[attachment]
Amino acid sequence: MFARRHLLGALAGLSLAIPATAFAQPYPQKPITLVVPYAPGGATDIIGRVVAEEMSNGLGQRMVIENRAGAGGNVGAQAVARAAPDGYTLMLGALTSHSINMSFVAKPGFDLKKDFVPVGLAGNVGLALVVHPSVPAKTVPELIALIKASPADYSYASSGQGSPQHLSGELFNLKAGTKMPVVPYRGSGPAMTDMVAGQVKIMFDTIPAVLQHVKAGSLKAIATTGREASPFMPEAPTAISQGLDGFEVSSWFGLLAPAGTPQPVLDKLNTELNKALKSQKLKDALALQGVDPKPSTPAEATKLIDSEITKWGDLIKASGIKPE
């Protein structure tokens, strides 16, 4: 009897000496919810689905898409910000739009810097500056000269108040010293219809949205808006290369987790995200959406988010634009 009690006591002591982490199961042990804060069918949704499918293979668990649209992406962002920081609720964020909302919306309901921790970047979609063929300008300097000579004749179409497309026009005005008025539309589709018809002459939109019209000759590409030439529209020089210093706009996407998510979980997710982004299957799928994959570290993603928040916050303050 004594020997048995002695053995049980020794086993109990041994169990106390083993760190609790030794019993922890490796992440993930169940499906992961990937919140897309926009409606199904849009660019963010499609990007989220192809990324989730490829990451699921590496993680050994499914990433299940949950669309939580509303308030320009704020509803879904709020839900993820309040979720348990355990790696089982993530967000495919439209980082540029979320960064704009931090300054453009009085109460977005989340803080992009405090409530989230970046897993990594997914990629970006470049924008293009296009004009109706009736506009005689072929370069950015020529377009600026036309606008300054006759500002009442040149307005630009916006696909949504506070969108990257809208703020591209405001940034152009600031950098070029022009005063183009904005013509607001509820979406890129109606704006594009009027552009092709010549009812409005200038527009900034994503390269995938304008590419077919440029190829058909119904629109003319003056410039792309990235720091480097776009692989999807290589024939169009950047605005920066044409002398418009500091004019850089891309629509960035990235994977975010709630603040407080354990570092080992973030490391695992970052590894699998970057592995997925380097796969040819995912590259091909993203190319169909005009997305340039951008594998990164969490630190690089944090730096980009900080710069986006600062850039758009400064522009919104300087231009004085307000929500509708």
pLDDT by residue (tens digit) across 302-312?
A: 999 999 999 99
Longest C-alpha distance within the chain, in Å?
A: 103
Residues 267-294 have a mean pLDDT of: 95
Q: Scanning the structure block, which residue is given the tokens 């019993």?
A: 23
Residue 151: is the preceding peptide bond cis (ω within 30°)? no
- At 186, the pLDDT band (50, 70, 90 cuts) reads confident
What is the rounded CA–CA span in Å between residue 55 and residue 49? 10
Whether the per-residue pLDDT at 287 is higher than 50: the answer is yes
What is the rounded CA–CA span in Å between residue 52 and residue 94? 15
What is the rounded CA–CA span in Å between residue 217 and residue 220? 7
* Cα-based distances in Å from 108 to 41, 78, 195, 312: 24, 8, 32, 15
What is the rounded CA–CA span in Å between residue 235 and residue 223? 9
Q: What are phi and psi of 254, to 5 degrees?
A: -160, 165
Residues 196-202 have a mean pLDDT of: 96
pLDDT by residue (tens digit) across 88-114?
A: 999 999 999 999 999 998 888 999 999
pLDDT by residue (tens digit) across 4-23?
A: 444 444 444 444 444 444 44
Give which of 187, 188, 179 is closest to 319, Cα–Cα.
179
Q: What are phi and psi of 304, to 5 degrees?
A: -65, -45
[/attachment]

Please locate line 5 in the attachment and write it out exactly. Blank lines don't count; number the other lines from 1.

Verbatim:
Longest C-alpha distance within the chain, in Å?